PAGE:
Netflix's 'The Spy' is a disappointing mix of fiction and history although Sacha Baron Cohen does his best with the material
'The Spy', Netflix's six-episode miniseries, based on the real spy Eli Cohen, overall, suffers from a heavy-handed, on-the-nose approach. Its dialogues, editing and even color schemes spell out everything, worried that audiences (including its US-based one) won't 'get it
Oh, how we love our spies. How we love the way they stay on the knife-edge of danger. How we love their little gadgets, their extravagant lifestyles and the way they charm women and men. The genre is well-worn from 'James Bond' to 'Bourne Identity'.
And, the rules of the game were pretty well-set -- you had to have an ubermensch with a license (to kill or maim) and the government's bankroll to support a jet-set life in the service of the country. There had to be some bad men, usually brown or with some foreign accent that made it clear they were the bad guys.
There could be no greys. Or it would be difficult to immerse ourselves in the pleasure of seeing our superhero-like spy triumph. But 'The Americans' changed all that. For one, it drew from real historical events that shaped the protagonists' lives. Second, they were Russian and therefore not instant heroes.
The show spanning six seasons made spies flesh and blood human beings. For the first time, it hooked an emotional tether to the genre, making us wonder how it would be like to live year after year as someone else till a fake marriage became real, till a friendship tested personal loyalties against patriotic duty and parenthood meant lying to your own children who were separated from you, not just by a generation, but an entire way of life.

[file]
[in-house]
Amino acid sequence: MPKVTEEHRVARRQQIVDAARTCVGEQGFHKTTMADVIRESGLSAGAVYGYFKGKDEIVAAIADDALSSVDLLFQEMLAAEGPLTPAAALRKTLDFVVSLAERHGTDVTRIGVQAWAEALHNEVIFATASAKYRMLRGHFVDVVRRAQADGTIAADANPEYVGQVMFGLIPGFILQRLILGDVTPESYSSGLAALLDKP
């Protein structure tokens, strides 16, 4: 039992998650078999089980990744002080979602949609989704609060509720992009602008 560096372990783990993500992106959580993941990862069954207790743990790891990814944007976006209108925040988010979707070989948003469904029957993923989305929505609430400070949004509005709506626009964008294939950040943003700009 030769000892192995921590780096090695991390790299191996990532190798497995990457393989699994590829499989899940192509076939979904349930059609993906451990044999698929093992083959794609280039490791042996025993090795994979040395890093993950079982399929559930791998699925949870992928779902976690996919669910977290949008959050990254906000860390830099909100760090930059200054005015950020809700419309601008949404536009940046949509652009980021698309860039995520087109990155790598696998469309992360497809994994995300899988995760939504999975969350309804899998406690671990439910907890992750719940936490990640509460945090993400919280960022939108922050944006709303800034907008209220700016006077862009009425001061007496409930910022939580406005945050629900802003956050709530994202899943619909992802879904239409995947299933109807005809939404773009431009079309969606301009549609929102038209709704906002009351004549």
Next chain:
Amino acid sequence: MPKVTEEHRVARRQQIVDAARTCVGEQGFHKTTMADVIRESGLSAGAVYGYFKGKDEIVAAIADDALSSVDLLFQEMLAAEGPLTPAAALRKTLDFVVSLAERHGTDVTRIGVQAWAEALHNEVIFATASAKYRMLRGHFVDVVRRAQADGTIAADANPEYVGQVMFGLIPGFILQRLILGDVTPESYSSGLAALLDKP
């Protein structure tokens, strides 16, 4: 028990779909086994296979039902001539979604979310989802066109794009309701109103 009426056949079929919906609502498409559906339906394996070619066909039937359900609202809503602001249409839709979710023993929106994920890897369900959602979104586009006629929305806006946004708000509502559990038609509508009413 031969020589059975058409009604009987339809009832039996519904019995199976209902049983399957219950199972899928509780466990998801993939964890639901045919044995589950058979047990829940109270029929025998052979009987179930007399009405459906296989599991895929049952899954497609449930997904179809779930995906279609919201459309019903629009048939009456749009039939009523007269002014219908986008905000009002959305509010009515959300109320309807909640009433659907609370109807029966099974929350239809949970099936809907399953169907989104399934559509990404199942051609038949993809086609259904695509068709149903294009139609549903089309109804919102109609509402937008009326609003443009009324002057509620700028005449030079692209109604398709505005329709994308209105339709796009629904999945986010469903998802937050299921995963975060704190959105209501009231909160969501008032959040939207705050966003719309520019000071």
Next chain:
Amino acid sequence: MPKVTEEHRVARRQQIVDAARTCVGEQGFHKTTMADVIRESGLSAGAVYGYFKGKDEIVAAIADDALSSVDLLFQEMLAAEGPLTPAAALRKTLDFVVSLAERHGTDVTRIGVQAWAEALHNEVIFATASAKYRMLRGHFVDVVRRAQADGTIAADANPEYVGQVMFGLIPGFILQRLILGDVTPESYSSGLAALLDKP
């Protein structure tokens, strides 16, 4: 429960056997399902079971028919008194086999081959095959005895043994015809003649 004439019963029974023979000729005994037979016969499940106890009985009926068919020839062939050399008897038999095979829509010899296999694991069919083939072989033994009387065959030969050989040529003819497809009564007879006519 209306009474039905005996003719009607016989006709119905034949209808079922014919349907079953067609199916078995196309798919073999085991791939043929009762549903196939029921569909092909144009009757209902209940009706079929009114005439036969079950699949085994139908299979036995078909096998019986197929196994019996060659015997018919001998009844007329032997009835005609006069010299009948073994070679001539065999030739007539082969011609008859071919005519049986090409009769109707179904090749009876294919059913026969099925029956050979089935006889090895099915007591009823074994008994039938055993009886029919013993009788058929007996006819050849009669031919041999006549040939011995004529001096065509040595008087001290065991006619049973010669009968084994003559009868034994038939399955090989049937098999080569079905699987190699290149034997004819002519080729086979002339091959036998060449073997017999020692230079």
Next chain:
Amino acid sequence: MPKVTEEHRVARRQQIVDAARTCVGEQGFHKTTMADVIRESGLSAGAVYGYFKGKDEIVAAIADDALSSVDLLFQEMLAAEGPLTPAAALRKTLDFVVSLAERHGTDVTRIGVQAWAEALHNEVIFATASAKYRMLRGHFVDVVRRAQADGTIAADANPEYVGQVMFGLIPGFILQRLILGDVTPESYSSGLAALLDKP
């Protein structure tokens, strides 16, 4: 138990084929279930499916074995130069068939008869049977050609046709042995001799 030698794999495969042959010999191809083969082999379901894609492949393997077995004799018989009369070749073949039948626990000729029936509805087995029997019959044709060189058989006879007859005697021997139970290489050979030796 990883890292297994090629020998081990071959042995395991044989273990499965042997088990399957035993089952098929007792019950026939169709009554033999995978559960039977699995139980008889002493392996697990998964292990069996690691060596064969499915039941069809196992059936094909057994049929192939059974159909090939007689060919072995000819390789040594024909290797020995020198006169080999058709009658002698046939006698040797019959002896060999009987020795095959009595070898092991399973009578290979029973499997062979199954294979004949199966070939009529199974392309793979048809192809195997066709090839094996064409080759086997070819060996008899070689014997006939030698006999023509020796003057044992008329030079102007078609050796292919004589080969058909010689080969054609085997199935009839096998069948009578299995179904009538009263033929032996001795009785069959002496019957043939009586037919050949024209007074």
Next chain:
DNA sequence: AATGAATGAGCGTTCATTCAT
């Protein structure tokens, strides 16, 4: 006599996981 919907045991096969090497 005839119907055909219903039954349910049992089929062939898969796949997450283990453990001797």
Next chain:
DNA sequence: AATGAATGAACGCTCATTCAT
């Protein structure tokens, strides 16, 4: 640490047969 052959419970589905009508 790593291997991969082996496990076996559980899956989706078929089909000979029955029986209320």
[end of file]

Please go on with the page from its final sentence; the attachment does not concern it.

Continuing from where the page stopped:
From then on, a spy thriller could no longer ignore the emotional life of its protagonist. The spy genre had been made emotional to the extent that even 'The Night Manager', pretty standard John le Carré fare, had to have Jonathan Pine, its oh-so-cool protagonist, experience mini-emotional breakdowns.
The show also changed his male handler role (in the book) into the very pregnant Olivia Colman (Angela Burr in the TV show), who mothered Pine in a way no handler in fiction ever has. So, while the six hours of Netflix's TV series 'The Spy' is unforgivable, it is easy to sympathize with creator Gideon Raff.
Not only does he have to contend with these shifts in the genre in terms of storytelling, but he also has to deal with 'Eliyahu Ben-Shaul Cohen' aka 'Eli Cohen'. Cohen is a bonafide Israeli hero, a spy whose unprecedented success in gathering intelligence, his daring interventions and eventual martyrdom has polished his legend to burnished gold. What's more, his wife and daughters are still alive. Eli Cohen's legend means there is not much room to craft a living, breathing and flawed protagonist.
So, Raff had to hark back to the ubermensch old-school spy model for his on-screen recreation of Eli Cohen, courtesy Sacha Baran Cohen, but sans the spice that might damage his posthumous aura. His Eli is a one-woman man, who struggles to keep his only cover affair going as 'Kamel Amin Thaabet', the wealthy, single and eligible Syrian bachelor in Damascus.
The real Eli Cohen (as Kamel) is said to have had as many as 17 lovers, all from high ranking Syrian families. He expressly cultivated these women because he wanted women he could manipulate into helping him escape if his cover was blown.